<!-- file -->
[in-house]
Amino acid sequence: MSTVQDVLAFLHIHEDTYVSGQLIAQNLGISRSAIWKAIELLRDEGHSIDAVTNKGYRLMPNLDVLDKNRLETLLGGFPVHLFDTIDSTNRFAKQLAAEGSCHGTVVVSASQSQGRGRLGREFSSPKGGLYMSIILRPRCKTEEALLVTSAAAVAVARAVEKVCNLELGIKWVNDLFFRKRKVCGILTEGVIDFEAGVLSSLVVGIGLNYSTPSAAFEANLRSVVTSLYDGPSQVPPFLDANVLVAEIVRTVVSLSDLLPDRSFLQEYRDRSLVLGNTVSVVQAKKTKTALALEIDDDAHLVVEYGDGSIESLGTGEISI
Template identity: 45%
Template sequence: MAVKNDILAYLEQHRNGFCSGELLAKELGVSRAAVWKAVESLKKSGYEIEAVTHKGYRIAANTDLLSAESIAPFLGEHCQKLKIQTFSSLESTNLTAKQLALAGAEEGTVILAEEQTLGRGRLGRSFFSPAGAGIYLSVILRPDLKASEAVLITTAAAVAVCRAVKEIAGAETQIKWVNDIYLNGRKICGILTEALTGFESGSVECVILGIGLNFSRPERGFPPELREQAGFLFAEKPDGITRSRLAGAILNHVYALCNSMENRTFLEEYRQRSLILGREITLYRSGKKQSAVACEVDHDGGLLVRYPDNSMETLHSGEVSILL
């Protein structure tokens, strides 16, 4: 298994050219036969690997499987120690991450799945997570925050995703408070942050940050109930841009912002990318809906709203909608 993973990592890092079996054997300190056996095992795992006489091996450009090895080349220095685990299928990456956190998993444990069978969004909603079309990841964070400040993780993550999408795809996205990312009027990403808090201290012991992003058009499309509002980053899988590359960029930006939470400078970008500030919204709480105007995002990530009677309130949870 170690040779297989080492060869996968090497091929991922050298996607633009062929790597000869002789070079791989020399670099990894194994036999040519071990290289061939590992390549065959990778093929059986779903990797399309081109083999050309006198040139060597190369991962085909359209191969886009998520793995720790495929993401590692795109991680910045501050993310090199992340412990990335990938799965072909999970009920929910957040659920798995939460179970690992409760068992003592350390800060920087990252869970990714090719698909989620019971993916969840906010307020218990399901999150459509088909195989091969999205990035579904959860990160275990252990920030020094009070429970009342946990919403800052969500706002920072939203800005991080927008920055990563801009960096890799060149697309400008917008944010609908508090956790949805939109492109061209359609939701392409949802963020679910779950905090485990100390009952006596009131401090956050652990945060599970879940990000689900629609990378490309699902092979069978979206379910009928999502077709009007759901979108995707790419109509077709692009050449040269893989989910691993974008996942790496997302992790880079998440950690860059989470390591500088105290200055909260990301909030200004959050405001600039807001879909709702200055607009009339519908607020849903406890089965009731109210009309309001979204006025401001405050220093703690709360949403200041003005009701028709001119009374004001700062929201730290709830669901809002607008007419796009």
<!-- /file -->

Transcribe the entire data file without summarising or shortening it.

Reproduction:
[in-house]
Amino acid sequence: MSTVQDVLAFLHIHEDTYVSGQLIAQNLGISRSAIWKAIELLRDEGHSIDAVTNKGYRLMPNLDVLDKNRLETLLGGFPVHLFDTIDSTNRFAKQLAAEGSCHGTVVVSASQSQGRGRLGREFSSPKGGLYMSIILRPRCKTEEALLVTSAAAVAVARAVEKVCNLELGIKWVNDLFFRKRKVCGILTEGVIDFEAGVLSSLVVGIGLNYSTPSAAFEANLRSVVTSLYDGPSQVPPFLDANVLVAEIVRTVVSLSDLLPDRSFLQEYRDRSLVLGNTVSVVQAKKTKTALALEIDDDAHLVVEYGDGSIESLGTGEISI
Template identity: 45%
Template sequence: MAVKNDILAYLEQHRNGFCSGELLAKELGVSRAAVWKAVESLKKSGYEIEAVTHKGYRIAANTDLLSAESIAPFLGEHCQKLKIQTFSSLESTNLTAKQLALAGAEEGTVILAEEQTLGRGRLGRSFFSPAGAGIYLSVILRPDLKASEAVLITTAAAVAVCRAVKEIAGAETQIKWVNDIYLNGRKICGILTEALTGFESGSVECVILGIGLNFSRPERGFPPELREQAGFLFAEKPDGITRSRLAGAILNHVYALCNSMENRTFLEEYRQRSLILGREITLYRSGKKQSAVACEVDHDGGLLVRYPDNSMETLHSGEVSILL
């Protein structure tokens, strides 16, 4: 298994050219036969690997499987120690991450799945997570925050995703408070942050940050109930841009912002990318809906709203909608 993973990592890092079996054997300190056996095992795992006489091996450009090895080349220095685990299928990456956190998993444990069978969004909603079309990841964070400040993780993550999408795809996205990312009027990403808090201290012991992003058009499309509002980053899988590359960029930006939470400078970008500030919204709480105007995002990530009677309130949870 170690040779297989080492060869996968090497091929991922050298996607633009062929790597000869002789070079791989020399670099990894194994036999040519071990290289061939590992390549065959990778093929059986779903990797399309081109083999050309006198040139060597190369991962085909359209191969886009998520793995720790495929993401590692795109991680910045501050993310090199992340412990990335990938799965072909999970009920929910957040659920798995939460179970690992409760068992003592350390800060920087990252869970990714090719698909989620019971993916969840906010307020218990399901999150459509088909195989091969999205990035579904959860990160275990252990920030020094009070429970009342946990919403800052969500706002920072939203800005991080927008920055990563801009960096890799060149697309400008917008944010609908508090956790949805939109492109061209359609939701392409949802963020679910779950905090485990100390009952006596009131401090956050652990945060599970879940990000689900629609990378490309699902092979069978979206379910009928999502077709009007759901979108995707790419109509077709692009050449040269893989989910691993974008996942790496997302992790880079998440950690860059989470390591500088105290200055909260990301909030200004959050405001600039807001879909709702200055607009009339519908607020849903406890089965009731109210009309309001979204006025401001405050220093703690709360949403200041003005009701028709001119009374004001700062929201730290709830669901809002607008007419796009």